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Effects of Emotional Freedom Techniques (EFT) on the Reduction of Chronic Pain in Adults: A Pilot Study

Citation: Ortner, N., Palmer-Hoffman, J., Clond, M. (201r) Effects of Emotional Freedom Techniques (EFT) on the Reduction of Chronic Pain in Adults: A Pilot Study. Energy Psychology Journal. November 2014.  LINK HERE to original journal abstract and to purchase original paper


This pilot study examined the effects of Emotional Freedom Techniques (EFT) on pain reduction in adults with chronic pain. A brief exposure therapy that combines cognitive and somatic elements, EFT has previously been found to be effective in the treatment of a number of psychological conditions, including depression, anxiety, phobia, and post-traumatic stress disorder. Research into EFT’s effect on the treatment of physical pain and somatic complaints is less well established. In the present study, 50 adults with chronic pain participated in a 3-day workshop to learn how to use EFT. Pain was measured on the Pain Catastrophizing Scale (PCS) and the Multidimensional Pain Inventory (MPI) immediately before and after treatment and at 1-month and 6-month follow- ups. Significant reductions were found on each of the PCS item scores (rumination, magnification, and helplessness) and on the PCS total score (–43%, p < .001). On the MPI, significant improvements were observed in pain severity, interference, life control, affective distress, and dysfunctional composite. At 6-month follow-up, reductions were maintained on the PCS (–42%, p < .001) but only on the life control item for the MPI. Findings suggest that EFT helps immediately reduce pain severity while also improving participants’ ability to live with their pain. Although reductions in pain severity were observed at 1-month follow-up but not maintained in the long-term, participants continued to report an improved sense of control and ability to cope with their chronic pain. The results of this pilot study are consistent with the literature and suggest directions for further research.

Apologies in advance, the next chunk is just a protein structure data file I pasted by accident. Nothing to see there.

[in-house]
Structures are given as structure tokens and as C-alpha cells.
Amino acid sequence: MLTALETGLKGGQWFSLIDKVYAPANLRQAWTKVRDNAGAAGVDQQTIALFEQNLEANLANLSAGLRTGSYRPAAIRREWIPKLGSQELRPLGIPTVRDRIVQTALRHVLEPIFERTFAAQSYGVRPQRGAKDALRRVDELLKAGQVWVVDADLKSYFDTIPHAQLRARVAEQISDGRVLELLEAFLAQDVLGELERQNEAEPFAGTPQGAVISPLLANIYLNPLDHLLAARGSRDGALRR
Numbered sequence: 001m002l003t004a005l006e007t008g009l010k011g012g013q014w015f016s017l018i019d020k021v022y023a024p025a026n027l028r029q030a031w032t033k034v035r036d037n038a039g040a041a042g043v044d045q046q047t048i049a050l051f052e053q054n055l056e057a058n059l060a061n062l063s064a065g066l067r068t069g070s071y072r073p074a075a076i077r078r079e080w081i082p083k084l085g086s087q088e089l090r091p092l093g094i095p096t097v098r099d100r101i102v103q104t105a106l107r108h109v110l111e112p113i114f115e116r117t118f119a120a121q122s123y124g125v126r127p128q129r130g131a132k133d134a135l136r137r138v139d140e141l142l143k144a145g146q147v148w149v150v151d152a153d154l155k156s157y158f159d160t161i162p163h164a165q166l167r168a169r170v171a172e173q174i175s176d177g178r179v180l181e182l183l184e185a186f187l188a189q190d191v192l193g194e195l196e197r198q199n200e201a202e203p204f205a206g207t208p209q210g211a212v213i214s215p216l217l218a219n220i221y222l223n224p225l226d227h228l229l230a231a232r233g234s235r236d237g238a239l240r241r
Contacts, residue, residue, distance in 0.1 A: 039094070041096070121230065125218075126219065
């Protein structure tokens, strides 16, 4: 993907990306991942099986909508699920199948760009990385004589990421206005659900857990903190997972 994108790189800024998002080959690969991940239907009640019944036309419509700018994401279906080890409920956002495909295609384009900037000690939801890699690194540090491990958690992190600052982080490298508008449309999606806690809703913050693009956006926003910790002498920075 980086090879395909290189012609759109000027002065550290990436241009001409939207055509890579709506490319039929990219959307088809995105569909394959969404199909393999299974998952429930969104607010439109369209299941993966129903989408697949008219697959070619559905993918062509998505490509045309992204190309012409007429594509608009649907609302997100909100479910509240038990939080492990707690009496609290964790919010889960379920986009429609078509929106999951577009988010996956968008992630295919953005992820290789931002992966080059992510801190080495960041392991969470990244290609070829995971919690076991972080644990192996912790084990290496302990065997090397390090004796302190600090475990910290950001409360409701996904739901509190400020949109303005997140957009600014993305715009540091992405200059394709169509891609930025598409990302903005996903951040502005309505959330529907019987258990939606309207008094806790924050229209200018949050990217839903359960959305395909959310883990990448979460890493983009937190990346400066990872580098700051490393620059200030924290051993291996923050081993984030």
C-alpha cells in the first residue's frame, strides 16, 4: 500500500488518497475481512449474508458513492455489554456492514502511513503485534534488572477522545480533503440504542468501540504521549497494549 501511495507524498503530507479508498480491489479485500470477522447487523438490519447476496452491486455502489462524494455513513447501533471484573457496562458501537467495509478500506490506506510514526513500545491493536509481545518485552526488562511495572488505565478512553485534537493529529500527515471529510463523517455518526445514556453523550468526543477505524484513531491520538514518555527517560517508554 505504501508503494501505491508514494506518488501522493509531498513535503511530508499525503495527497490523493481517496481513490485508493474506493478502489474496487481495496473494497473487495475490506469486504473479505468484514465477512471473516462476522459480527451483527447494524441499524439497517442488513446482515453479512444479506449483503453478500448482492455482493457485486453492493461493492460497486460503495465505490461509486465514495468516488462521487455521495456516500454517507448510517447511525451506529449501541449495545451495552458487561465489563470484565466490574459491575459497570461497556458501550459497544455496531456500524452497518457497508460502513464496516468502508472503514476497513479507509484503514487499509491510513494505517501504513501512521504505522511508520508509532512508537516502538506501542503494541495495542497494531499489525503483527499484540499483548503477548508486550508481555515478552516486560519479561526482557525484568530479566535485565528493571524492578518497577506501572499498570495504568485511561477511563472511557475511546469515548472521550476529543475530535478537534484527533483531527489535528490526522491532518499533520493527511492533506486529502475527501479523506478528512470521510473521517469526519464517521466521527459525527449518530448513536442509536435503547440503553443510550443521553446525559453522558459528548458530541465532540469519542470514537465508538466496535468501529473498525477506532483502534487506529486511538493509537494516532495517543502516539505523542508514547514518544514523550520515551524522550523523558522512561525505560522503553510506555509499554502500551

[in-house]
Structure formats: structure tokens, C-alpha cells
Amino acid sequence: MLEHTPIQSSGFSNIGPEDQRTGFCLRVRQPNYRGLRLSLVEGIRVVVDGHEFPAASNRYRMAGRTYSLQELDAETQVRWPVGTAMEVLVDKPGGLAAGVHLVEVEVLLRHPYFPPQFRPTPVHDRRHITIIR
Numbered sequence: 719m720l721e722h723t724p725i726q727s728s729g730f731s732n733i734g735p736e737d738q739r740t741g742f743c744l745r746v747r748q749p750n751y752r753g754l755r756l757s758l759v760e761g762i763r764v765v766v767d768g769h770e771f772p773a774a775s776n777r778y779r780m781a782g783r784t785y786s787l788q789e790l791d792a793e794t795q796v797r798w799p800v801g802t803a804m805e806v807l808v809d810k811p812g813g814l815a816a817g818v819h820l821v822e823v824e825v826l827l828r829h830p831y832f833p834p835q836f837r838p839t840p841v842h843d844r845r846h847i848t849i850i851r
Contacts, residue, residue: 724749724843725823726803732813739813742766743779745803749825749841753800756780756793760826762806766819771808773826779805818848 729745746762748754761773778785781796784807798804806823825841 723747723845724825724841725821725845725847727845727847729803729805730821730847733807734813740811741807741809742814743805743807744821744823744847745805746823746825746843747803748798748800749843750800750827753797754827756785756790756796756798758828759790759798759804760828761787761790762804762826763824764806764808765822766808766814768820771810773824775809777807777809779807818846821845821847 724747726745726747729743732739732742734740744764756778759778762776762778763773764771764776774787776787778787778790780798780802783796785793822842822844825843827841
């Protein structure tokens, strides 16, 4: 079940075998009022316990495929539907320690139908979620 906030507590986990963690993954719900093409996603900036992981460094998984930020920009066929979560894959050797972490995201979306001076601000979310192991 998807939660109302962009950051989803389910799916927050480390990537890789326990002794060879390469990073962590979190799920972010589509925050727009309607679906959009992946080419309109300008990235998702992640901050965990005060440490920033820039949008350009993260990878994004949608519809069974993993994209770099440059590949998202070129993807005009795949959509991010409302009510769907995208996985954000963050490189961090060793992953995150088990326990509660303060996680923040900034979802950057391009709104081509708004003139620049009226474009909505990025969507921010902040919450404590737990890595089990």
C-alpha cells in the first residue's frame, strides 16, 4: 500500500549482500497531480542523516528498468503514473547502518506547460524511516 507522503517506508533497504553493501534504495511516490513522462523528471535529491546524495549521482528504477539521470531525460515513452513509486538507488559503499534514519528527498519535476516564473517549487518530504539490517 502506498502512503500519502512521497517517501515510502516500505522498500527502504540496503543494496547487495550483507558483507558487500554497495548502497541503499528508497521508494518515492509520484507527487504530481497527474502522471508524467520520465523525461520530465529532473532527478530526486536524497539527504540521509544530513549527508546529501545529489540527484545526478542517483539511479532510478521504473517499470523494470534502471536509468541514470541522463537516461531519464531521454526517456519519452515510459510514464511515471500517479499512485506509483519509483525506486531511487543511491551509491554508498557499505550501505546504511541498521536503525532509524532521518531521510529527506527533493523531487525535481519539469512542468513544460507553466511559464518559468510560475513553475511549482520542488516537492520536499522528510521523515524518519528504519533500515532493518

Craig’s Comments

This study, conducted by a certified EFT Practitioner who has written books and directed a movie on the subject, along with social science researcher and a Ph.D medical student, is admittedly a pilot study with a small sample size. The researchers were looking to determine whether EFT is equally effective for chronic physical pain as it is for psychological issues. The authors note that numerous studies have shown the benefits of tapping for emotional issues such as anxiety, depression, PTSD and phobias, there have been fewer studies addressing its efficacy in treating physical pain.

Chronic pain, and its effective treatment, is a significant public health challenge. Researchers point out that approximately 100 million Americans live with chronic pain and that it is estimated that this condition costs the economy 635 billion a year and comprises 14% of Medicare expenditures.

The study worked with 50 participants who had signed up for a three-day EFT workshop for chronic pain. Their pain was assessed using two well-validated and reliable scales:  the Pain Catastrophizing Scale and the Multidimensional Pain Inventory. The first measures a person’s ability to cope with pain based on a 13 statements that they rate for truth on a scale of 1-5. The categorizes the severity and effects of the pain based on 28 questions. Both tests were administered to participants before and after treatment, and at one month after, and six months after. During the intervening six months participants were encouraged to continue self-administering the EFT.

So – what were the results?

The authors concluded that based on both tests participants experienced a statistically significant decrease in their chronic pain response after the EFT treatments, and by most measures this continued through the six months. However, only 34 participants remained by the end of the six months. Sixteen had dropped out and did not return their questionnaires.

In the PCS Scale, the subscore for helplessness had the largest reduction, indicating that EFT treatment helps chronic pain sufferers feel more in control of their pain. The MPI scale noted a significant improvement in pain severity as well as in interference, life control, and affective distress, most noted after one month, and with less effect after six months. While participants were better able to cope with their pain 6 months after the 3 day event, pain reduction was not maintained at follow up.

Overall, this study suggests that EFT is effective in helping individuals to cope with their chronic pain. If the results can be replicated in further studies, the implications would be considerable – given the fact that EFT is low-cost, easily administered, and can be used to complement other treatments.

Acknowledgments: I wish to express my appreciation to Sarah Grace Powers for her invaluable assistance in helping to create this study’s commentary.